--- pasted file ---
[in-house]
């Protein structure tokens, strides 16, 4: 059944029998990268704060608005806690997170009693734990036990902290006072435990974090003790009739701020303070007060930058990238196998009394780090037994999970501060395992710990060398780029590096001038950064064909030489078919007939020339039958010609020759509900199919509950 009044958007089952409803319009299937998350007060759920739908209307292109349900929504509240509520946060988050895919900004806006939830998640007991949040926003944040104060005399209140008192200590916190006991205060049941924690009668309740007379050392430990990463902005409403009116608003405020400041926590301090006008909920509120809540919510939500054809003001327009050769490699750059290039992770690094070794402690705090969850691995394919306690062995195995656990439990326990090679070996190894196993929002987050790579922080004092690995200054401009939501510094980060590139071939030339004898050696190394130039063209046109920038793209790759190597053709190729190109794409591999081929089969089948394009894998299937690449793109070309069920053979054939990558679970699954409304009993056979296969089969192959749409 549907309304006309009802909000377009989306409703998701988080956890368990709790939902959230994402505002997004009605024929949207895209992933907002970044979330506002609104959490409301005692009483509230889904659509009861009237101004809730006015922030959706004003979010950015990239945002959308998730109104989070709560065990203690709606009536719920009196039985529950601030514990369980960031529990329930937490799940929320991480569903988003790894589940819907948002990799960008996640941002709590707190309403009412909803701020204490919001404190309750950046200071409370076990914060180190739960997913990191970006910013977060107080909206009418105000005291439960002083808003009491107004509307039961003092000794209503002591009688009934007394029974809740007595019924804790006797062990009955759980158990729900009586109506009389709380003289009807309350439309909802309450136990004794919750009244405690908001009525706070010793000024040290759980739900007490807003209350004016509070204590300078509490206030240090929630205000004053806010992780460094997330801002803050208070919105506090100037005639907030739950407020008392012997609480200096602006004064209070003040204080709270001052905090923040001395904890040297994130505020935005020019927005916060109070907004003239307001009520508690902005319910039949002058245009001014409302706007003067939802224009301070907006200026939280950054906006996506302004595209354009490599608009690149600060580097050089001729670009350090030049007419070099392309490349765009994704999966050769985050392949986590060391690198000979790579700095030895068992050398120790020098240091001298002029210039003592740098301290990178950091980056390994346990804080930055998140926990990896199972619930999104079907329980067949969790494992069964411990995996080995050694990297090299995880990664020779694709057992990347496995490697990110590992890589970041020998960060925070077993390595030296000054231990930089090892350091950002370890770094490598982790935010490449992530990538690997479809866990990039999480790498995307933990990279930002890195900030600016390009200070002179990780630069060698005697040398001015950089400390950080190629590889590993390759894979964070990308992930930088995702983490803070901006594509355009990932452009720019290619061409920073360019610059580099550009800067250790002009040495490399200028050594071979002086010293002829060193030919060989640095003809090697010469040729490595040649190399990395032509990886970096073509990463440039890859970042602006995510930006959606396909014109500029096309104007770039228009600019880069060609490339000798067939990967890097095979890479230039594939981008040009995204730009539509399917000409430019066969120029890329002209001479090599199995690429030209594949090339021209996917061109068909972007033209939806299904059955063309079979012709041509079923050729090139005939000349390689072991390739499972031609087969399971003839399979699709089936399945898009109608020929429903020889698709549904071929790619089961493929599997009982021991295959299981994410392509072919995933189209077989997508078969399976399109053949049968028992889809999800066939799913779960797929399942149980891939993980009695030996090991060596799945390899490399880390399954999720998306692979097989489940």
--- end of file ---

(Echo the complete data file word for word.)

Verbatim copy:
[in-house]
């Protein structure tokens, strides 16, 4: 059944029998990268704060608005806690997170009693734990036990902290006072435990974090003790009739701020303070007060930058990238196998009394780090037994999970501060395992710990060398780029590096001038950064064909030489078919007939020339039958010609020759509900199919509950 009044958007089952409803319009299937998350007060759920739908209307292109349900929504509240509520946060988050895919900004806006939830998640007991949040926003944040104060005399209140008192200590916190006991205060049941924690009668309740007379050392430990990463902005409403009116608003405020400041926590301090006008909920509120809540919510939500054809003001327009050769490699750059290039992770690094070794402690705090969850691995394919306690062995195995656990439990326990090679070996190894196993929002987050790579922080004092690995200054401009939501510094980060590139071939030339004898050696190394130039063209046109920038793209790759190597053709190729190109794409591999081929089969089948394009894998299937690449793109070309069920053979054939990558679970699954409304009993056979296969089969192959749409 549907309304006309009802909000377009989306409703998701988080956890368990709790939902959230994402505002997004009605024929949207895209992933907002970044979330506002609104959490409301005692009483509230889904659509009861009237101004809730006015922030959706004003979010950015990239945002959308998730109104989070709560065990203690709606009536719920009196039985529950601030514990369980960031529990329930937490799940929320991480569903988003790894589940819907948002990799960008996640941002709590707190309403009412909803701020204490919001404190309750950046200071409370076990914060180190739960997913990191970006910013977060107080909206009418105000005291439960002083808003009491107004509307039961003092000794209503002591009688009934007394029974809740007595019924804790006797062990009955759980158990729900009586109506009389709380003289009807309350439309909802309450136990004794919750009244405690908001009525706070010793000024040290759980739900007490807003209350004016509070204590300078509490206030240090929630205000004053806010992780460094997330801002803050208070919105506090100037005639907030739950407020008392012997609480200096602006004064209070003040204080709270001052905090923040001395904890040297994130505020935005020019927005916060109070907004003239307001009520508690902005319910039949002058245009001014409302706007003067939802224009301070907006200026939280950054906006996506302004595209354009490599608009690149600060580097050089001729670009350090030049007419070099392309490349765009994704999966050769985050392949986590060391690198000979790579700095030895068992050398120790020098240091001298002029210039003592740098301290990178950091980056390994346990804080930055998140926990990896199972619930999104079907329980067949969790494992069964411990995996080995050694990297090299995880990664020779694709057992990347496995490697990110590992890589970041020998960060925070077993390595030296000054231990930089090892350091950002370890770094490598982790935010490449992530990538690997479809866990990039999480790498995307933990990279930002890195900030600016390009200070002179990780630069060698005697040398001015950089400390950080190629590889590993390759894979964070990308992930930088995702983490803070901006594509355009990932452009720019290619061409920073360019610059580099550009800067250790002009040495490399200028050594071979002086010293002829060193030919060989640095003809090697010469040729490595040649190399990395032509990886970096073509990463440039890859970042602006995510930006959606396909014109500029096309104007770039228009600019880069060609490339000798067939990967890097095979890479230039594939981008040009995204730009539509399917000409430019066969120029890329002209001479090599199995690429030209594949090339021209996917061109068909972007033209939806299904059955063309079979012709041509079923050729090139005939000349390689072991390739499972031609087969399971003839399979699709089936399945898009109608020929429903020889698709549904071929790619089961493929599997009982021991295959299981994410392509072919995933189209077989997508078969399976399109053949049968028992889809999800066939799913779960797929399942149980891939993980009695030996090991060596799945390899490399880390399954999720998306692979097989489940």